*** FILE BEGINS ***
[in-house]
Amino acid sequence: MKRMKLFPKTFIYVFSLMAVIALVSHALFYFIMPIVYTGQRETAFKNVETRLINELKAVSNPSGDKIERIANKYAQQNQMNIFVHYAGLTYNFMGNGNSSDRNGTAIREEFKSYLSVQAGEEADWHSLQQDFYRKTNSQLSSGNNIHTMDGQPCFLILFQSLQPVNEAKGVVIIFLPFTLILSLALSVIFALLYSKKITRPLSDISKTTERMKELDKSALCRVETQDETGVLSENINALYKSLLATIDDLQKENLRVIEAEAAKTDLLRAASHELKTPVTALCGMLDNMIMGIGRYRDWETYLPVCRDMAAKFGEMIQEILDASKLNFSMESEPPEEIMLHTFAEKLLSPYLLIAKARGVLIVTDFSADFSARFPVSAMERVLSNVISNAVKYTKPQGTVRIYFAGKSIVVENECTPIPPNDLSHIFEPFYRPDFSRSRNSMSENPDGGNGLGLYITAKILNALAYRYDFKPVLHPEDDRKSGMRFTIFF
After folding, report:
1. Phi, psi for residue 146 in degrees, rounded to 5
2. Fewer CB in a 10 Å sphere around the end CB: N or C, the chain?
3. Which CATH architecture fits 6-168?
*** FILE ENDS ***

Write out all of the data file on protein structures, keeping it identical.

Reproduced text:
[in-house]
Amino acid sequence: MKRMKLFPKTFIYVFSLMAVIALVSHALFYFIMPIVYTGQRETAFKNVETRLINELKAVSNPSGDKIERIANKYAQQNQMNIFVHYAGLTYNFMGNGNSSDRNGTAIREEFKSYLSVQAGEEADWHSLQQDFYRKTNSQLSSGNNIHTMDGQPCFLILFQSLQPVNEAKGVVIIFLPFTLILSLALSVIFALLYSKKITRPLSDISKTTERMKELDKSALCRVETQDETGVLSENINALYKSLLATIDDLQKENLRVIEAEAAKTDLLRAASHELKTPVTALCGMLDNMIMGIGRYRDWETYLPVCRDMAAKFGEMIQEILDASKLNFSMESEPPEEIMLHTFAEKLLSPYLLIAKARGVLIVTDFSADFSARFPVSAMERVLSNVISNAVKYTKPQGTVRIYFAGKSIVVENECTPIPPNDLSHIFEPFYRPDFSRSRNSMSENPDGGNGLGLYITAKILNALAYRYDFKPVLHPEDDRKSGMRFTIFF
After folding, report:
1. Phi, psi for residue 146 in degrees, rounded to 5
2. Fewer CB in a 10 Å sphere around the end CB: N or C, the chain?
3. Which CATH architecture fits 6-168?